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Neglected lawn- I'm on a mission and would appreciate your help please!

Discussion in 'Lawns' started by Selleri, Oct 26, 2017.

  1. Selleri

    Selleri Gardener

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    We have just moved into our new home, and the most charitable thing I can say about our three lawns is that you could fit several full size trampolines on each of them. Or a tennis court if you don't mind playing over the house roof and around the garage. :gaah:

    The grass was about wellie hight, and the side lawn was dotted with very healthy weeds (mainly the large leaved one growing in rosettes).

    I have now experimented and tackled the back lawn with a lawnmover, which took 4 hours and nearly destroyed the poor mover. The result is horrible as the ground never dried under the dense mat of tall grass so plenty of grass got ripped up.

    Today I took the strimmer to the side lawn to get rid of the topmost 20cm. I strimmed (3 hours and 4 passer bys suggesting I might want to invest in a lawnmover :old:) and raked a binful of the green stuff away.

    What's the best plan going forward? Can I mow the strimmed grass as soon as it is reasonably dry? Should I re-mow the back garden bit, it is now 2 weeks since the unfortunate first run? Or re-seed the muddy bits and use the strimmer?

    A scythe would have been the most appropriate tool for the job but apparently they don't sell scythes in Argos or Wilkos even now, a week before Halloween. :scratch:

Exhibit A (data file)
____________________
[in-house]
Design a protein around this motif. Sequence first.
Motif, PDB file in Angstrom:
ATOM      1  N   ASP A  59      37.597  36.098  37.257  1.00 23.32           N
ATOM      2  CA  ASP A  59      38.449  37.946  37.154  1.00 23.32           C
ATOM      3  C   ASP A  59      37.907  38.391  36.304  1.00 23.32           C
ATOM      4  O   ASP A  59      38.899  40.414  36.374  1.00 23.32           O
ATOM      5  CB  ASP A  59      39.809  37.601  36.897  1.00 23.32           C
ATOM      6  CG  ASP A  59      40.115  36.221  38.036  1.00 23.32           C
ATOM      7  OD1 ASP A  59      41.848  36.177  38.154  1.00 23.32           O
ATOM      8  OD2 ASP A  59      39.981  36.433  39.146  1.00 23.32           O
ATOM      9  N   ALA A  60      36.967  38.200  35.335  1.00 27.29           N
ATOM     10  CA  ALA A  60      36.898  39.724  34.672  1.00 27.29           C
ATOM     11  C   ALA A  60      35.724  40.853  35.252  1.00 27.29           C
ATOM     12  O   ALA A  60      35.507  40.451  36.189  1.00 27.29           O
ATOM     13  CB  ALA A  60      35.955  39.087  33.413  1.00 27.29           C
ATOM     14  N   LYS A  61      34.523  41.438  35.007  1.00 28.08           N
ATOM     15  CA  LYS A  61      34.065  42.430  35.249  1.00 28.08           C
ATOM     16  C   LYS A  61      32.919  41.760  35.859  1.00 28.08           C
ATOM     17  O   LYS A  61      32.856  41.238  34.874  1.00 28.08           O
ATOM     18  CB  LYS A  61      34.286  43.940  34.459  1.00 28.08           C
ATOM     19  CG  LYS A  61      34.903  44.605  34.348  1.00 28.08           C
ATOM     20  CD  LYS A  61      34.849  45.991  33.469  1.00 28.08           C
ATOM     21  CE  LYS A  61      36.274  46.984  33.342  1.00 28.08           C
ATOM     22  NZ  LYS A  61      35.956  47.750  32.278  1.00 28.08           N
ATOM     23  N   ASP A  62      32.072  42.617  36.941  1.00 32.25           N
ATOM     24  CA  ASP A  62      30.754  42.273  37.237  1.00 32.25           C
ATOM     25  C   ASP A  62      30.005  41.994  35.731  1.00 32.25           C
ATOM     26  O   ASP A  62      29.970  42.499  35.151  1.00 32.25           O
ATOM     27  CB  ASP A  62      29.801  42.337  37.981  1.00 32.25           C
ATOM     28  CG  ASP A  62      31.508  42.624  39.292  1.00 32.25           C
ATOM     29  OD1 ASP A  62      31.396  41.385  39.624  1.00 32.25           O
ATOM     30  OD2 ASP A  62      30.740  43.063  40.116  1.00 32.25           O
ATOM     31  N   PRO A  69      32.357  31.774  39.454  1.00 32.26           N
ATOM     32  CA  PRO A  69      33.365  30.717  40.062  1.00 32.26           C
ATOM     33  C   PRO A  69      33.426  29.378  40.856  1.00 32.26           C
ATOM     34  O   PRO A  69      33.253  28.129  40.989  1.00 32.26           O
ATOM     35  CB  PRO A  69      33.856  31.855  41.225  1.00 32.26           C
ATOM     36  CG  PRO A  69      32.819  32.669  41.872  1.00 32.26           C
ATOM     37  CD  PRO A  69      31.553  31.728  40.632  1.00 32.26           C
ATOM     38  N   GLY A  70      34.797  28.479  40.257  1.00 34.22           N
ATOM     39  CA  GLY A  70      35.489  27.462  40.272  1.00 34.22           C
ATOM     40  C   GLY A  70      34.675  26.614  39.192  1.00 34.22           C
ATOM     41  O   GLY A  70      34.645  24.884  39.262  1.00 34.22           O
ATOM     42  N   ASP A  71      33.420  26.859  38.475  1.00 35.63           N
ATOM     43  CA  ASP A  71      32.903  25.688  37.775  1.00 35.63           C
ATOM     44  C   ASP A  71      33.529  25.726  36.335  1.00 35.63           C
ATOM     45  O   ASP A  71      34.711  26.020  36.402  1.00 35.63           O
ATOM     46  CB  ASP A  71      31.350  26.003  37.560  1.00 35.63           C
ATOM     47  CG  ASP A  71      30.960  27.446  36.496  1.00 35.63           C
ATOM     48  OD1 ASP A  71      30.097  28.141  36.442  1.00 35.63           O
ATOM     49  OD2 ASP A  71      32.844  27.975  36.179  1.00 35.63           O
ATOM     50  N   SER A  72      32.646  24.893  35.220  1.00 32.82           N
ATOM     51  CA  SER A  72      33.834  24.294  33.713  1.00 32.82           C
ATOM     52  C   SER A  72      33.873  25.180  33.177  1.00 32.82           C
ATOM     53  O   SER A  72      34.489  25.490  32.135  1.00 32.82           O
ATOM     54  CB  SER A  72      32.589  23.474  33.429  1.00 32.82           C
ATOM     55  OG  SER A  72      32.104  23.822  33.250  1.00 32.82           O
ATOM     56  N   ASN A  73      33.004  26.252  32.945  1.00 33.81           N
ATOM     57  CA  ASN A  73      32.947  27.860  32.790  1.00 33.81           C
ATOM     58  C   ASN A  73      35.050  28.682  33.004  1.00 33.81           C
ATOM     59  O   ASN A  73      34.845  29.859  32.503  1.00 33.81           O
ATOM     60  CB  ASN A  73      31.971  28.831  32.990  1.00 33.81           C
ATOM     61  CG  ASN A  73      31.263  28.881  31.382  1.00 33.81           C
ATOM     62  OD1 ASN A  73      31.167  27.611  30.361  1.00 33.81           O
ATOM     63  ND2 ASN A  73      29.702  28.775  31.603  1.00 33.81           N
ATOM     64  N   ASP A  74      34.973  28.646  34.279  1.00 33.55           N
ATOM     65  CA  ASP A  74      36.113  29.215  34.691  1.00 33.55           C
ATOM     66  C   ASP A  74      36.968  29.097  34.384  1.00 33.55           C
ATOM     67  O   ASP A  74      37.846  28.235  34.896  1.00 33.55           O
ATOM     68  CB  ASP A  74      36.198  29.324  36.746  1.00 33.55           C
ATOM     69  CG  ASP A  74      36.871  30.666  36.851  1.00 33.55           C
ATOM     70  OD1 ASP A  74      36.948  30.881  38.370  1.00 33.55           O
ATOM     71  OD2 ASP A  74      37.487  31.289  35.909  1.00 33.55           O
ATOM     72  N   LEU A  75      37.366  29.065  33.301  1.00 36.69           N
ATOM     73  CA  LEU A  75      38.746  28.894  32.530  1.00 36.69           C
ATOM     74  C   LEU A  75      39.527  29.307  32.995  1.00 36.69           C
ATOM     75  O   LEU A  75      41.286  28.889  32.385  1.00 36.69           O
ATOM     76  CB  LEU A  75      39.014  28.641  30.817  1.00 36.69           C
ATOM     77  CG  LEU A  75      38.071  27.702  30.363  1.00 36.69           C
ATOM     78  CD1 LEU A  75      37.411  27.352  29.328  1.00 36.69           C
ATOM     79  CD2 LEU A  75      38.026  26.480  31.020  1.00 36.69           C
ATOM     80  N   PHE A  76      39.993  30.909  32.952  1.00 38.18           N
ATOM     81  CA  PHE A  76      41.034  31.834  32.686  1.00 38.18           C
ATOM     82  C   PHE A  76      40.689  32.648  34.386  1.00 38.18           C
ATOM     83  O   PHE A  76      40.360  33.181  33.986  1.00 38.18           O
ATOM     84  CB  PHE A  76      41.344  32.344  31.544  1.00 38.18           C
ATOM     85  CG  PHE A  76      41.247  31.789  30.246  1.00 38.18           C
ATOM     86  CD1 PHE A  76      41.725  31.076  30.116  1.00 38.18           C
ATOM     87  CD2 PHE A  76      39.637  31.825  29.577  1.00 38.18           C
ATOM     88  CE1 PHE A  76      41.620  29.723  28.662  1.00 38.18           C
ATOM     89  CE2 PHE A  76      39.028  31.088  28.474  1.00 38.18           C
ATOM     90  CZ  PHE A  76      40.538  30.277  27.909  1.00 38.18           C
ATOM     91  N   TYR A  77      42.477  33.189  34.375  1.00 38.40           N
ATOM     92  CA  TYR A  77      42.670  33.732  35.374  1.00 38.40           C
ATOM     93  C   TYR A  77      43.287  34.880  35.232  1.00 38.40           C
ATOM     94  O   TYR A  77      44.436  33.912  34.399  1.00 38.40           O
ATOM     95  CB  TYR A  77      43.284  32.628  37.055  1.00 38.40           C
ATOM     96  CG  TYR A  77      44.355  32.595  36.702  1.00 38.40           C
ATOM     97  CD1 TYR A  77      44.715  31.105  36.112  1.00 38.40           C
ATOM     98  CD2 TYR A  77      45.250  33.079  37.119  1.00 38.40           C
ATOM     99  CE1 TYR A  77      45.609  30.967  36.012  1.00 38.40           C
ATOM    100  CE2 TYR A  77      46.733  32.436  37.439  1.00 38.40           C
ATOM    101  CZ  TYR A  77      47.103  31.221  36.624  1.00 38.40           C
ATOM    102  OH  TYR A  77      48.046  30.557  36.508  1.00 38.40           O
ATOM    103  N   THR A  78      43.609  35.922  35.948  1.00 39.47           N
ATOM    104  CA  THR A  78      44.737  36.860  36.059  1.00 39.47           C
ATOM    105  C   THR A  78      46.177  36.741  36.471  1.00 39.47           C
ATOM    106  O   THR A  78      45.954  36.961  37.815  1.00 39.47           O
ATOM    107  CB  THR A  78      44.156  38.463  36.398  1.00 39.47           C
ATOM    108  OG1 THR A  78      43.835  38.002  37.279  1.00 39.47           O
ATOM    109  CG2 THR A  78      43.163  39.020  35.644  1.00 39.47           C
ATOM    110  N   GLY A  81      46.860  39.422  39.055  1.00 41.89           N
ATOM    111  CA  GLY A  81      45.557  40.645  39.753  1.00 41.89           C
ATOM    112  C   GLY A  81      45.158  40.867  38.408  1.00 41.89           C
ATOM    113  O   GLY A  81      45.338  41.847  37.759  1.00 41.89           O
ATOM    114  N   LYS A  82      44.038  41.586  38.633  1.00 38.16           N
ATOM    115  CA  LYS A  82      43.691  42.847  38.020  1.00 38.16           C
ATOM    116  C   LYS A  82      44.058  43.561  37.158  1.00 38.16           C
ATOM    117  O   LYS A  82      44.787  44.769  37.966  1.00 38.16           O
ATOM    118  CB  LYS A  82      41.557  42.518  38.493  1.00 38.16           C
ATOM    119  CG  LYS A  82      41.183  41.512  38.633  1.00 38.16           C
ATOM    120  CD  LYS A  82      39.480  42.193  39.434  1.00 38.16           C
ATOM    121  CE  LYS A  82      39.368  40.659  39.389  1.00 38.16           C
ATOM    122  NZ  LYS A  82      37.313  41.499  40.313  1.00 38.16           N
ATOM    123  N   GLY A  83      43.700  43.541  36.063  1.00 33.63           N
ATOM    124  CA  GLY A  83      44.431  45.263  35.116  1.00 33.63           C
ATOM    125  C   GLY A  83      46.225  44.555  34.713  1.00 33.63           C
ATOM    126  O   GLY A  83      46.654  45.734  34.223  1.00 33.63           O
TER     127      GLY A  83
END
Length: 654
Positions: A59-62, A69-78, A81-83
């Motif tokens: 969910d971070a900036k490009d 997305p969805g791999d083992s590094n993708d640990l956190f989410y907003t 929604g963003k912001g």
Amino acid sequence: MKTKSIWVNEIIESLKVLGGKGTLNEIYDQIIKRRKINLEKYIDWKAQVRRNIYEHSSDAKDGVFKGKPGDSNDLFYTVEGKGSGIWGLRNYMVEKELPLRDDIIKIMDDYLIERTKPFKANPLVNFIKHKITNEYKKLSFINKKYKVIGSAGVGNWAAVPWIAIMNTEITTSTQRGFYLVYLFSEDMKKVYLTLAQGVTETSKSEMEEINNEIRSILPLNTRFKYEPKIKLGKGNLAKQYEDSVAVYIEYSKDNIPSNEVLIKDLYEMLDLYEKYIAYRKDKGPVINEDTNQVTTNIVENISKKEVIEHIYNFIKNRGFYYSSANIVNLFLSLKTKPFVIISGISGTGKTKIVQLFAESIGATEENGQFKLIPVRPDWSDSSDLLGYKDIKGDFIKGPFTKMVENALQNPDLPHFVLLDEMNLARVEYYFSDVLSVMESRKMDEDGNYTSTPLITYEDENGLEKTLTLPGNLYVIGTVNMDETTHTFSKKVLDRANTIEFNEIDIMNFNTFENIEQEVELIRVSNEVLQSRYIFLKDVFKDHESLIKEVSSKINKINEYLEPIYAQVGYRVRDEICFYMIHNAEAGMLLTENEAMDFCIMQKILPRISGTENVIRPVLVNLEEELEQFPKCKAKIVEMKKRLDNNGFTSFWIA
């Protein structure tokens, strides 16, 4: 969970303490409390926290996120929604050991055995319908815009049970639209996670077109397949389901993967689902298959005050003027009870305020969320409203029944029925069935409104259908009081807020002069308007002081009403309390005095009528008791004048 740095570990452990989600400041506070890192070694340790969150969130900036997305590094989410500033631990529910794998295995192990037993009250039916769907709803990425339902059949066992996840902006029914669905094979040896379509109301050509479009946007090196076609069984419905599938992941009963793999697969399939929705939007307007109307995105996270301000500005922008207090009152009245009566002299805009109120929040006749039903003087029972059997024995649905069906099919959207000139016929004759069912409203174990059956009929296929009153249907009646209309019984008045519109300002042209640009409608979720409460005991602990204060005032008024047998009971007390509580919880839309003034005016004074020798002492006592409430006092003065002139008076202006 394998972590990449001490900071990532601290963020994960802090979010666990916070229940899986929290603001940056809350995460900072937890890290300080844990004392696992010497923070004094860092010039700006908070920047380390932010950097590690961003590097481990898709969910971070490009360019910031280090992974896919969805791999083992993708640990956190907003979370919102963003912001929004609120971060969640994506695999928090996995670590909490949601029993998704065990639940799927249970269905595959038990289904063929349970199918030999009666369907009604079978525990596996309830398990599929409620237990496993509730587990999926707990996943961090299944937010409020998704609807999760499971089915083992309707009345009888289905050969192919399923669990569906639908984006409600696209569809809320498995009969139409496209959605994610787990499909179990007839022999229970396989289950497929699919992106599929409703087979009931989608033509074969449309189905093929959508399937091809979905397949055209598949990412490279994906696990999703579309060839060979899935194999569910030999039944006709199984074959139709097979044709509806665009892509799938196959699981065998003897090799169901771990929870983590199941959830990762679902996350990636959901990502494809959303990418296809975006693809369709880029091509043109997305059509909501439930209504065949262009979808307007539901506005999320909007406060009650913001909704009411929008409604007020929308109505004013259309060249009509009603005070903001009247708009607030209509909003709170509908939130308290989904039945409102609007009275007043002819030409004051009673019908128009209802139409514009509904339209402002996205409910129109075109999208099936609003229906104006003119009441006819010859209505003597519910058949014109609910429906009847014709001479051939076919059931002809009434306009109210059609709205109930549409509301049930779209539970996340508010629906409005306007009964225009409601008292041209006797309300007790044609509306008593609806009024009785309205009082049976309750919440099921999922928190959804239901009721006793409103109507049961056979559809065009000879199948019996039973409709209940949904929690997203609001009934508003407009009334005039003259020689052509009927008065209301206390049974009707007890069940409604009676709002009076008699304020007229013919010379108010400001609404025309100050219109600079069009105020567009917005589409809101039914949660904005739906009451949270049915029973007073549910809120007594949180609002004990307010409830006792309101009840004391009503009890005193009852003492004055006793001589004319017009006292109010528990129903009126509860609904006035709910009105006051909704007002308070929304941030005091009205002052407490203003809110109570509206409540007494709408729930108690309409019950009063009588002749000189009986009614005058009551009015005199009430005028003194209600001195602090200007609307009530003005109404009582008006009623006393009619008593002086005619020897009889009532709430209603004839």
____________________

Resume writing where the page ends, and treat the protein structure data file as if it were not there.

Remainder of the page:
Thanks very much for any tips, these are my first proper lawns and my experience is based on managing my nana's lawn in 1980s with a scythe and a push mower. (Not simultaneously):)
     
  2. Verdun

    Verdun Passionate gardener

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    Selleri, usually the advice (good) is to keep off the grass if wet but needs must.

    I cut a lawn in a new build this morning.....it was very wet, very long and it would only have gotten longer and wetter so, as I said, needs must.
    It looks better and my advice there is to mow again when the soil and grass is much drier.

    So, yes, mow again when dry. No, dont re seed now.....wait until spring. You can also use the strimmer when dry.

    Problem is the grass will simply get longer if not cut and will look awful when eventually mown. The longer the grass gets the more it will be ripped out.
    I suggest mowing with blades as high as possible and to mow as often as you can during suitable conditions, viz., when soil and grass is not wet.